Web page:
There are three key areas in a framework for monitoring and evaluating social objectives and projects: access development, cultural instrumentalism and cultural inclusion. These provide a useful gauge for assessing the ability of the Derry City of Culture to connect with people
Access development is fairly simple – it asks if the City of Culture award does anything to improve access to cultural projects and programmes. Here the methodologies are fairly simply – strategies like discounting tickets, providing dedicated transport, free events and events in community venues targeted at a local audience. In Derry the key question will be what strategies are employed to extend the celebration beyond the narrow cultural corridor between the Millennium Forum, the Guildhall and Magee College – as well as getting ordinary people into these venues.
Cultural instrumentalism involves using the City of Culture project as a means of addressing and alleviating social and economic problems. These include community development, social inclusion and, more recently, social capital. Examples here would include workshops for young people aimed at reducing anti-social behaviour, cultural activities developed to convey information about health or social issues and programmes for unemployed people designed to help them rejoin the workforce.
In Derry we need to ask what impact the City of Culture is intended to have in addressing the profound poverty that so characterise the city – the city has the highest level of child poverty in both the UK and Ireland – whichever your chosen national reference. Two thirds of the wards in the Derry City Council area have a child poverty rate of 50% and only three have less than 25%. The three wards with the worst incidence of child poverty have over 90% in each. This aspect of the City of Culture can either be addressed or repressed – it cannot be ignored.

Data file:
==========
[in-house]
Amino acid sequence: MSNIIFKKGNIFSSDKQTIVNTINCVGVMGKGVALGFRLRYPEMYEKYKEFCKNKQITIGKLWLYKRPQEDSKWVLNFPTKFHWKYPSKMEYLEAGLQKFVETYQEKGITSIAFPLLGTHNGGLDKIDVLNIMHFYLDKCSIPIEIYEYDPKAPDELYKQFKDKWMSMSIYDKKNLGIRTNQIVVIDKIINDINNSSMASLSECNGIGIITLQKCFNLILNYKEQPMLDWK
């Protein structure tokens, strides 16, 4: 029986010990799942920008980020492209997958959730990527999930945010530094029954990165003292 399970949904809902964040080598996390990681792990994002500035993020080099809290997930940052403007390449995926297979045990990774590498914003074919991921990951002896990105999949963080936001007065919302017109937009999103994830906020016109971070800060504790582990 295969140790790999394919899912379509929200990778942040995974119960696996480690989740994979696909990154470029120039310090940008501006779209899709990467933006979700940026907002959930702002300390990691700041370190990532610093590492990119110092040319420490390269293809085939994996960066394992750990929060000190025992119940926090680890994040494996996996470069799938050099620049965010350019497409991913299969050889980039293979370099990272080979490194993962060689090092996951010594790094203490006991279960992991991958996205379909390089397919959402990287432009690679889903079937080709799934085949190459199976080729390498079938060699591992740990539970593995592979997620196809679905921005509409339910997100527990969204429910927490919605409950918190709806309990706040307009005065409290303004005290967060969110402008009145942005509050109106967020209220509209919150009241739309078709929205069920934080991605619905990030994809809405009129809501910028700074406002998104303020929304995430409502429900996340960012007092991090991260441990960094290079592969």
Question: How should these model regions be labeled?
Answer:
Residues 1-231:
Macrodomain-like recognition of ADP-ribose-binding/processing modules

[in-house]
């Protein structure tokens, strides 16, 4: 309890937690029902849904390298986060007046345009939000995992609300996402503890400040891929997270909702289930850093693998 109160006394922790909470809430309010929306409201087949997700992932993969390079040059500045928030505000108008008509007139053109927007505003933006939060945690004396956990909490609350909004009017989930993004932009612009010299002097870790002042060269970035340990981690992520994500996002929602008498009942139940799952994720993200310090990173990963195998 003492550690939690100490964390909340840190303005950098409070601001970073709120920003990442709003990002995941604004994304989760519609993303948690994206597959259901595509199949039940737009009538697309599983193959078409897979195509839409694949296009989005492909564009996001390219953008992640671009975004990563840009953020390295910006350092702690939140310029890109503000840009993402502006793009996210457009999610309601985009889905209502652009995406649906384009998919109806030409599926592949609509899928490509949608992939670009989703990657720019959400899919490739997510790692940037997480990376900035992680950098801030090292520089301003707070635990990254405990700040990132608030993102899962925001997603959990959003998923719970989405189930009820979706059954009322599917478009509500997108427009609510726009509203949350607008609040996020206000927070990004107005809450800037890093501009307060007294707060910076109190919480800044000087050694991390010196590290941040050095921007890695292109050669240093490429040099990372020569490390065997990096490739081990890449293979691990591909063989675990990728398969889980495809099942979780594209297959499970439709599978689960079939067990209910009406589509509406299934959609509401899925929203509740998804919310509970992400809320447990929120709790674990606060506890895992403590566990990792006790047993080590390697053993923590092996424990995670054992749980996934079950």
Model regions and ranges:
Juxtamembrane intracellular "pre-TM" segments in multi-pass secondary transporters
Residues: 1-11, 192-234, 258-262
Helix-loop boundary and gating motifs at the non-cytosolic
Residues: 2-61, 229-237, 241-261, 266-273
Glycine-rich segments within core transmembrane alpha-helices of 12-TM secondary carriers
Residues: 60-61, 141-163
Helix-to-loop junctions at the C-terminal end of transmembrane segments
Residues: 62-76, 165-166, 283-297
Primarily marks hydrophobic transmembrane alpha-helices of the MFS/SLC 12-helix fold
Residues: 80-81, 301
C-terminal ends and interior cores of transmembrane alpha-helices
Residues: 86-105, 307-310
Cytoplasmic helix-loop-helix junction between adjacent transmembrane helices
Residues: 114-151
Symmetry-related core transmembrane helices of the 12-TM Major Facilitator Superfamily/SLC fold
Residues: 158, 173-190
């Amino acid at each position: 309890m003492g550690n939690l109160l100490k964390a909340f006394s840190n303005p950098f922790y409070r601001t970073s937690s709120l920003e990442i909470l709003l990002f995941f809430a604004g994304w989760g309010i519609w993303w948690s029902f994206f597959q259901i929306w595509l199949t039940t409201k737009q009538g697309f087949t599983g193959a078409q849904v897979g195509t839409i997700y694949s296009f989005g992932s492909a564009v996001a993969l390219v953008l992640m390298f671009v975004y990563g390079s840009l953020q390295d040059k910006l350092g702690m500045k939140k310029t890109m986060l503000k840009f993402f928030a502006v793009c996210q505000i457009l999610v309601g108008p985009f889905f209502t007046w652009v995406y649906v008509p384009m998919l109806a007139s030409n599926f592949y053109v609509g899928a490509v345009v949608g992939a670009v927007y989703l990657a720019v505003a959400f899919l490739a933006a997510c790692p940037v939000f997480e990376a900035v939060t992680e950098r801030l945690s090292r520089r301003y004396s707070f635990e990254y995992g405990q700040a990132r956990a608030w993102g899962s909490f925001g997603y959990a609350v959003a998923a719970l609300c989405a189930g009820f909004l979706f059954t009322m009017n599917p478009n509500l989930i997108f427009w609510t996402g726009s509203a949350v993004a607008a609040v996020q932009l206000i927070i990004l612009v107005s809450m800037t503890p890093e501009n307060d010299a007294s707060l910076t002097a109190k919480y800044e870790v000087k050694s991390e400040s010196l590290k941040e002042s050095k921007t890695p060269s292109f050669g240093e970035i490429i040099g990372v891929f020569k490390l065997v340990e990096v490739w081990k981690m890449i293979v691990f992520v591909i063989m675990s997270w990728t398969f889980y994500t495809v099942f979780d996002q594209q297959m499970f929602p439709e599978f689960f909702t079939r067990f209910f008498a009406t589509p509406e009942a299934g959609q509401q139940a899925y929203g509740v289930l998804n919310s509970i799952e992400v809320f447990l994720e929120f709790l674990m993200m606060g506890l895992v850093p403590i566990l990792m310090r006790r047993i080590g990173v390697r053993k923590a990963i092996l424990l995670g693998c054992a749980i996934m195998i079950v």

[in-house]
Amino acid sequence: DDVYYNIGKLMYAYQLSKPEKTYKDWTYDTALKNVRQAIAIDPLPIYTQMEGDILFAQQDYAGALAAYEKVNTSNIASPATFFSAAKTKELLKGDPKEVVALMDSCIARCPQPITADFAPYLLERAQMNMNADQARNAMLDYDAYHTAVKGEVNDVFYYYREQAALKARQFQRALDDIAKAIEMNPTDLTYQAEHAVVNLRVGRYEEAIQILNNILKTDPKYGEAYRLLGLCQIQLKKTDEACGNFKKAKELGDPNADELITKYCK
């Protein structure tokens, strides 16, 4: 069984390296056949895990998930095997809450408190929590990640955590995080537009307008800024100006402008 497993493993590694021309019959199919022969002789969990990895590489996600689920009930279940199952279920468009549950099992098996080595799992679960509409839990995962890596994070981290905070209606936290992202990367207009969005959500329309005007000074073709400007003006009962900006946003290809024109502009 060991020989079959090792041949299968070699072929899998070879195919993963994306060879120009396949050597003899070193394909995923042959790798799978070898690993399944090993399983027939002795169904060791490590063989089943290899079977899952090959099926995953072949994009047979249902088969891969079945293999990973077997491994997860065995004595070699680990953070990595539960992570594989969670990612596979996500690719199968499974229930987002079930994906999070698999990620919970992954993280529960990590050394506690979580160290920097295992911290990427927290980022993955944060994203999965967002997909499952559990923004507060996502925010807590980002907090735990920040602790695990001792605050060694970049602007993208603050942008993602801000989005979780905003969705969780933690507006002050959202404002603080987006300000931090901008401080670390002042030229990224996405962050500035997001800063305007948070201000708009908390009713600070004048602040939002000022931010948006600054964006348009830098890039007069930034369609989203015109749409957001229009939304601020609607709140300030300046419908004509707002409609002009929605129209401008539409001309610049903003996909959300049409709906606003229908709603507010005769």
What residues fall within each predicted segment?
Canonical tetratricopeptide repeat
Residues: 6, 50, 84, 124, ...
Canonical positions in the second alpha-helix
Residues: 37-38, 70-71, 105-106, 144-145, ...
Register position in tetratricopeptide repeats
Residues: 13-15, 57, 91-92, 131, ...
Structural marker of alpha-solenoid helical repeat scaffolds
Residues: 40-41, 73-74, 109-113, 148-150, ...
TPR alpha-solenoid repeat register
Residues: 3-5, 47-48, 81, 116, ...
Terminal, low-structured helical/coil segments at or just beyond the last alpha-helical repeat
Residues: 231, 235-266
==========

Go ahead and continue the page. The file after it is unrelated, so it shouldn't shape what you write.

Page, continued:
Cultural inclusion aims to extend opportunities for creation to people whose cultural values are marginalised by, or excluded from, the dominant cultural landscape. Though this can have social outcomes, it is primarily cultural or artistic in content. The aim is to make the cultural space more open and democratic. Examples include programmes bringing the cultural work of migrant communities into mainstream venues and initiatives to develop how cultural institutions relate to the local population. In Derry we might ask, for example, what reference the City of Culture will have to the local Traveller community – or indeed that community of street drinkers that congregates so close to the City of Culture offices.
So we have some tools to help us critically engage with Derry as the City of Culture 2013. Of course, some Derry citizens will refuse to engage with such an explicitly 'British' project at all. Others will continue to support the project unconditionally. Already some people have responded as if by its very nature it must be a good thing. But the minimalist response which characterises much of the discussion in Derry – 'It might save a few jobs if nothing else' – isn't enough. The City of Culture project should be made to work for any support it receives from the citizens of Derry. It should be able to justify the resources it has already absorbed as well as those it will continue to consume. It should be put on its mettle in terms of the kind of equality and inclusion issues outlined above. When the City of Culture year comes round the key question will be how – if at all – the lives of the people of Derry will be made any better at the end of 2013 by all the energy and resources that will have by then been expended on the project.
Robbie McVeigh is a Derry-based writer and researcher. He is currently researching a project on community tourism in Derry for the Triax neighbourhood renewal project.